Unpleasant Experiences Considered Pretty Fun

There’s a tradition of identifying aberrant behavior, posing a mystery around its existence, and using that as a jumping off point for speculative theories on human nature. From Scott’s review of Sadly, Porn:

Why do people have fetishes which seem contrary to common sense (submission, humiliation, cuckoldry, etc)?.. Teach writes: “Porn doesn’t depict fetishes - porn is your fetish.” This seems totally insane and also I can’t rule it out.

This makes for engaging writing, and it’s a good trick to generate suspense, but it only works if you assume that the behavior in question requires an explanation. That is, if you assume that behavior “contrary to common sense” is at all uncommon.

I don’t think this is true. Across domains and cultural contexts, people have all sorts of weird preferences, and engaging in at least a few of these seems to be the rule rather than the exception. Consider:

  • Spicy food made with capsaicin, which literally evolved in plants to prevent animals from eating them.
  • Scary movies
  • Liquor which burns your throat.
  • Exercise in general, including weightlifting which literally tears your muscles, hobbies like rock climbing which routinely involve torn skin, all combat sports.
  • Very bitter beers
  • Sad music, movies, books
  • Strongly fermented foods like natto (fermented soybeans often described as having a “booger-like texture”), blue cheese, garum (made by letting fish intestines rot in the sun), and so on
  • Etc.

And ask yourself, does the existence of submission as a fetish really require a particular explanation? Is it so mysterious that I should be willing to accept a highly speculative hypothesis over the default stance that people often enjoy things which don’t seem (to me) intuitively pleasant?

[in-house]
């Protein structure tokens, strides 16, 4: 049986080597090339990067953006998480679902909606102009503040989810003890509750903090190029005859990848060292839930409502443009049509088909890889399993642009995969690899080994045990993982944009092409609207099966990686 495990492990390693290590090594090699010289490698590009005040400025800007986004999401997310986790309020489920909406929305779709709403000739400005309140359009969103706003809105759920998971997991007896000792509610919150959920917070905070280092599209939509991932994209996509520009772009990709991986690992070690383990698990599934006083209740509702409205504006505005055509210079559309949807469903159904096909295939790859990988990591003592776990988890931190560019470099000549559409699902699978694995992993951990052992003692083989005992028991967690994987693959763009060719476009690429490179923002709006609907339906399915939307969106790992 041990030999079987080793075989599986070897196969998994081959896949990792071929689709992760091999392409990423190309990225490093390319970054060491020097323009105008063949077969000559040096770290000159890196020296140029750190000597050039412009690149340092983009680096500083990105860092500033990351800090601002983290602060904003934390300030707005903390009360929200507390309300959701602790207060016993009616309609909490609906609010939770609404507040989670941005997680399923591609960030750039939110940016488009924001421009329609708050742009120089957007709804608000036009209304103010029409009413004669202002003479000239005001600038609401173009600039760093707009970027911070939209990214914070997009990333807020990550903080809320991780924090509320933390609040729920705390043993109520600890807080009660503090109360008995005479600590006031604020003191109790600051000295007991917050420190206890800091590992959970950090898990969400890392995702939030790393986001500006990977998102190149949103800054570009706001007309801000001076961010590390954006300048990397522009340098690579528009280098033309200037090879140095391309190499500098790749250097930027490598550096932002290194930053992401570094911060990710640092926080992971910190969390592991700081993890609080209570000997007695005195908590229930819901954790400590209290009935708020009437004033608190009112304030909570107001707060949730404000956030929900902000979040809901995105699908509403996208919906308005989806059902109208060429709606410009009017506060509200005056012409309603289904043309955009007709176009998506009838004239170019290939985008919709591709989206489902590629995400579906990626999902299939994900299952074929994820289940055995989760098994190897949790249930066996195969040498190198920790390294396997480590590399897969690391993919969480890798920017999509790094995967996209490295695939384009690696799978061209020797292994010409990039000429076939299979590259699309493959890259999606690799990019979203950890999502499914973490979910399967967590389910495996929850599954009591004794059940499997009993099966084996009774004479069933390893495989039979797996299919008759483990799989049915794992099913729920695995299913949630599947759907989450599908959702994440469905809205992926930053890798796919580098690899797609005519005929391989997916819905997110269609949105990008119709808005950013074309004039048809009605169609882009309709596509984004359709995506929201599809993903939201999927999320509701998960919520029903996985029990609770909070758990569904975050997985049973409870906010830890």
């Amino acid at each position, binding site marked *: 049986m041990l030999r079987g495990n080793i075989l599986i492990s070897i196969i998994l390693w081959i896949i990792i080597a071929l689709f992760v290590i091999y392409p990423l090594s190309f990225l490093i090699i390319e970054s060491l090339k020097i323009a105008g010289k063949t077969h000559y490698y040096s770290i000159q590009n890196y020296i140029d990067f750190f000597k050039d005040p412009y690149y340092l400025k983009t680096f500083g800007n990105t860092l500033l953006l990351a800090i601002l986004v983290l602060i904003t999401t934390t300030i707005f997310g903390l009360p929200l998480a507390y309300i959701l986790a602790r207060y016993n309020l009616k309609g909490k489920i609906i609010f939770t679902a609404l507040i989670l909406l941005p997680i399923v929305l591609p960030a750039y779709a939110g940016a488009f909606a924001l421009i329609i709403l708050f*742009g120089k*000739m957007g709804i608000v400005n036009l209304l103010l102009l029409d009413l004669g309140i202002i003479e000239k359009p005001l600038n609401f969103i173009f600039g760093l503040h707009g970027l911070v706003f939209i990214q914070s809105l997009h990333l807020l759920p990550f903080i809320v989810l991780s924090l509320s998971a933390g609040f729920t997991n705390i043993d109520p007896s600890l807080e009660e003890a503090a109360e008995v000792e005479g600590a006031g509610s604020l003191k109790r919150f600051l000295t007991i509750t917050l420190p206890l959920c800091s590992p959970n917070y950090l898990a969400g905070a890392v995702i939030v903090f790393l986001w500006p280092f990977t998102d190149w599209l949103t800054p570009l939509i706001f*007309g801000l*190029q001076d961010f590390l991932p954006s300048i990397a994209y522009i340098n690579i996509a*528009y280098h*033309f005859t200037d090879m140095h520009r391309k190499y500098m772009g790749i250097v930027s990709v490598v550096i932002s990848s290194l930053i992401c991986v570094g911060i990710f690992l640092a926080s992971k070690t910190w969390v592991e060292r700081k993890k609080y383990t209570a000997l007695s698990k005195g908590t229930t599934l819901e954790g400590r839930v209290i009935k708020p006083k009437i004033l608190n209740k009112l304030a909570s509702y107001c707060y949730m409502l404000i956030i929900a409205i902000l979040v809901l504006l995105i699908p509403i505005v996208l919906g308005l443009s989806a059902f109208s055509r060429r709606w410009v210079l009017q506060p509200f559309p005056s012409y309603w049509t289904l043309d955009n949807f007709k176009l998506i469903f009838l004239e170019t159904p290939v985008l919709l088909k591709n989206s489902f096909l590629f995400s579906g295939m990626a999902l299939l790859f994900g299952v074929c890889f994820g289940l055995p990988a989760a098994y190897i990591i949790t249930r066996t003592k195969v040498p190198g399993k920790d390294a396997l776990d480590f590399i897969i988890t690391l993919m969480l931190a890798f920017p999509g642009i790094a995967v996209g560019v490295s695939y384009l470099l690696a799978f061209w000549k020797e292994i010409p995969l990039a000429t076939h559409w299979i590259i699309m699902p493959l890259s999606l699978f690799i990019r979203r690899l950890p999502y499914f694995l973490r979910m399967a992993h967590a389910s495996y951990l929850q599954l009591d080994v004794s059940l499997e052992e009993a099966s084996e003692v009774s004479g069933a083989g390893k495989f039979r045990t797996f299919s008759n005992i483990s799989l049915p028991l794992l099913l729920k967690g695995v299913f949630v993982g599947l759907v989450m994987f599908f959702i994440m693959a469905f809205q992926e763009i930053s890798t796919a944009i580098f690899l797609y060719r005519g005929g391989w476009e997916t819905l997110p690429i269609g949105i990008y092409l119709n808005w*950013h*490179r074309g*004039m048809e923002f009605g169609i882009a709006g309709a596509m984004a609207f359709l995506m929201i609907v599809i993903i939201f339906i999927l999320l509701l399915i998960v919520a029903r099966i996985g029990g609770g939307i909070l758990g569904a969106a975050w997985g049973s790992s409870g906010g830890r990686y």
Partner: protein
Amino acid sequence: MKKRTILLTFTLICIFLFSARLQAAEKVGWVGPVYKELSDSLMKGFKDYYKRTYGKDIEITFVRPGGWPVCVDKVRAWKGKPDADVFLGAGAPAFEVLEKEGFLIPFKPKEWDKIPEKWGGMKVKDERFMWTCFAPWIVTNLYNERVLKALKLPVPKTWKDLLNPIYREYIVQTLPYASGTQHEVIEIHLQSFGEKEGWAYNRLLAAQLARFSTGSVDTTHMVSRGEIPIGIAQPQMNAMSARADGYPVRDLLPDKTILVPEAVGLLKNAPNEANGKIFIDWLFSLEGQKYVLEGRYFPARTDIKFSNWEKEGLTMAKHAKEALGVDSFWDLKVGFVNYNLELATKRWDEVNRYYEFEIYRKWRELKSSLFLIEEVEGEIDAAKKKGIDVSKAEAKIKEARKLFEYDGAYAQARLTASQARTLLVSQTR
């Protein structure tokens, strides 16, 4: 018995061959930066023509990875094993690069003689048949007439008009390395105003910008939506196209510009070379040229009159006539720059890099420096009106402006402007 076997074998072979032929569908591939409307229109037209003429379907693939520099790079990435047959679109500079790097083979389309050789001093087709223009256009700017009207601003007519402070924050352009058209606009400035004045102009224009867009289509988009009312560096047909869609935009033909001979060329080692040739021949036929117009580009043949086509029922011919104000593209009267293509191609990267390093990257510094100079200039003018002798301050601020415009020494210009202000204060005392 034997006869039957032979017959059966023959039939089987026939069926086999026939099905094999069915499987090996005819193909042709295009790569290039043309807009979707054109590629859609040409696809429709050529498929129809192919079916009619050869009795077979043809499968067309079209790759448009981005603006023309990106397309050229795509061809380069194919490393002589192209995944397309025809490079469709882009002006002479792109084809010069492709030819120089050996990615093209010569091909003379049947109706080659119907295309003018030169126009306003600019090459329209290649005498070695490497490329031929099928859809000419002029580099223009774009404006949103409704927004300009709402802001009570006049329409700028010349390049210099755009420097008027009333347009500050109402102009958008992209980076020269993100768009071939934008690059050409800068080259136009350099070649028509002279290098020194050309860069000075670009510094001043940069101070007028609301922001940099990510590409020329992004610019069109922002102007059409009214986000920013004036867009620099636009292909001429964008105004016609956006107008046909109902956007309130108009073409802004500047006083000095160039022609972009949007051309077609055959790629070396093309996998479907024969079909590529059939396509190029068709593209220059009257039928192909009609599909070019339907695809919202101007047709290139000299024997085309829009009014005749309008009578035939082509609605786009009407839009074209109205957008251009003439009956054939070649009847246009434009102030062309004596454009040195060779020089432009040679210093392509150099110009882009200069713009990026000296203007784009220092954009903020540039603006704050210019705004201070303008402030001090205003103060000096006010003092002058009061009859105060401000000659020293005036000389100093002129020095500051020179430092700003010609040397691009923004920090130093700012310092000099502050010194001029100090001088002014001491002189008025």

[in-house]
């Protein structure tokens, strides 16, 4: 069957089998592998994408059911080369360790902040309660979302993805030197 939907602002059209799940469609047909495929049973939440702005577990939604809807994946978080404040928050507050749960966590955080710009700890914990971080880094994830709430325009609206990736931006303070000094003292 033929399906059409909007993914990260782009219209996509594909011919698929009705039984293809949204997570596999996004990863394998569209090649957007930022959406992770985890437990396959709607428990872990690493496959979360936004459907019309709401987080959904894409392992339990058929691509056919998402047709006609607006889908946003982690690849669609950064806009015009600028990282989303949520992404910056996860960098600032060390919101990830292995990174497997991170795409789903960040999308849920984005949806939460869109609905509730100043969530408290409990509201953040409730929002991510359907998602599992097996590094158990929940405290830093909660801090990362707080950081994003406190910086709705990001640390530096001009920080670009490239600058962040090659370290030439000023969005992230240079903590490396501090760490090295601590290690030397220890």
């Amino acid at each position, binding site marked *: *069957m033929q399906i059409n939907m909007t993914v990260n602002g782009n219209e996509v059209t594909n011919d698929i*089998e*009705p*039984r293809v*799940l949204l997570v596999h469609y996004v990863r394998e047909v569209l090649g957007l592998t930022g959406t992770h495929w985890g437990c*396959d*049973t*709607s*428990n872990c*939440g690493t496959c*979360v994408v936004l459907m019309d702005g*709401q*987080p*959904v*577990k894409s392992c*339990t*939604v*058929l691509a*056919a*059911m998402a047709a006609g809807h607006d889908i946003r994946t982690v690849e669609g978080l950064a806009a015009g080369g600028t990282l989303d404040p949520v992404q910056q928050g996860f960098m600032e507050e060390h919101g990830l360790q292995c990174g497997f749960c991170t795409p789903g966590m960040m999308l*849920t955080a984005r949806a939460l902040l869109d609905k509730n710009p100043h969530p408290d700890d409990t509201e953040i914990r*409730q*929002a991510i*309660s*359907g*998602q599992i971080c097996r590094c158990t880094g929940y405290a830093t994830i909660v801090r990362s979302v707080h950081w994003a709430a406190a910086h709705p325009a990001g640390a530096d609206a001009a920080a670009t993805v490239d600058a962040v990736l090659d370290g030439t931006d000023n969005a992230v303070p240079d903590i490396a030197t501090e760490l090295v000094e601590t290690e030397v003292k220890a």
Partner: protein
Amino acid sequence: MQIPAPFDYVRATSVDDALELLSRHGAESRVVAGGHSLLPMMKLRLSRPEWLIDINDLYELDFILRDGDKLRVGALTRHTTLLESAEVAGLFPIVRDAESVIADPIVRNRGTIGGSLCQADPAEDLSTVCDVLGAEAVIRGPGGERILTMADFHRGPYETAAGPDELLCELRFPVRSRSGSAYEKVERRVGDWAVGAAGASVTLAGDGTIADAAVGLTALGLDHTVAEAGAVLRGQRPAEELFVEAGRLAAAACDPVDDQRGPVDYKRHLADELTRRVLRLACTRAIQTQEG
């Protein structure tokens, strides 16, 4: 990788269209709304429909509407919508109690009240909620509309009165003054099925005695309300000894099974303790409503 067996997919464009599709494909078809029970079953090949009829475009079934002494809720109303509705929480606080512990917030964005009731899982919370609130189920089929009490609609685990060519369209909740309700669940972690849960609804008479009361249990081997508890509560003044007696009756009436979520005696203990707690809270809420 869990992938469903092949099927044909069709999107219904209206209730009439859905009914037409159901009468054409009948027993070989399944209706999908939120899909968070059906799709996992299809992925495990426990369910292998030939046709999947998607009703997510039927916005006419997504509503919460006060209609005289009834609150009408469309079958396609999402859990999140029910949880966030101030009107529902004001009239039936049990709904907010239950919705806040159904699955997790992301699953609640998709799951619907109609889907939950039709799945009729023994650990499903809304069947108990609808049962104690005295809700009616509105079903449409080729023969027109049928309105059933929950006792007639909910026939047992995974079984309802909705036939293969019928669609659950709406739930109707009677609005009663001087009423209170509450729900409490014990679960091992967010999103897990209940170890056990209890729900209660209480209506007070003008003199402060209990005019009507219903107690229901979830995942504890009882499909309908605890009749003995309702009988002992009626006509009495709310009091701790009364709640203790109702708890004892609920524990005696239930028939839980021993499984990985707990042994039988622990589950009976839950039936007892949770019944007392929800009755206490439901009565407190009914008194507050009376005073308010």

Some of you read the above list and though “you nerd, liquor is good, you just have to learn to appreciate it”. But that’s precisely the point! I do like many of these things, and I expect you do too.

The popular explanations fall into veins like:

  • “People just pretend to enjoy those things in order to seem manly/interesting/cultured.”
  • “People just pretend to have weird fetishes to have sex with other people who either genuinely have those fetishes, or are just playing the same game.”
  • “People engage in unpleasant things as a means to an end. No one likes running, they like endorphins.”

And sure! That might be true. My point isn’t that people are self-defeating and hate pleasure (though this also sometimes seems true), or that the existence of these preferences doesn’t provide an insight into human nature. It’s that “enjoying seemingly unpleasant things” seems to me nearly universal, such that any particular instance of it doesn’t merit much psychoanalysis.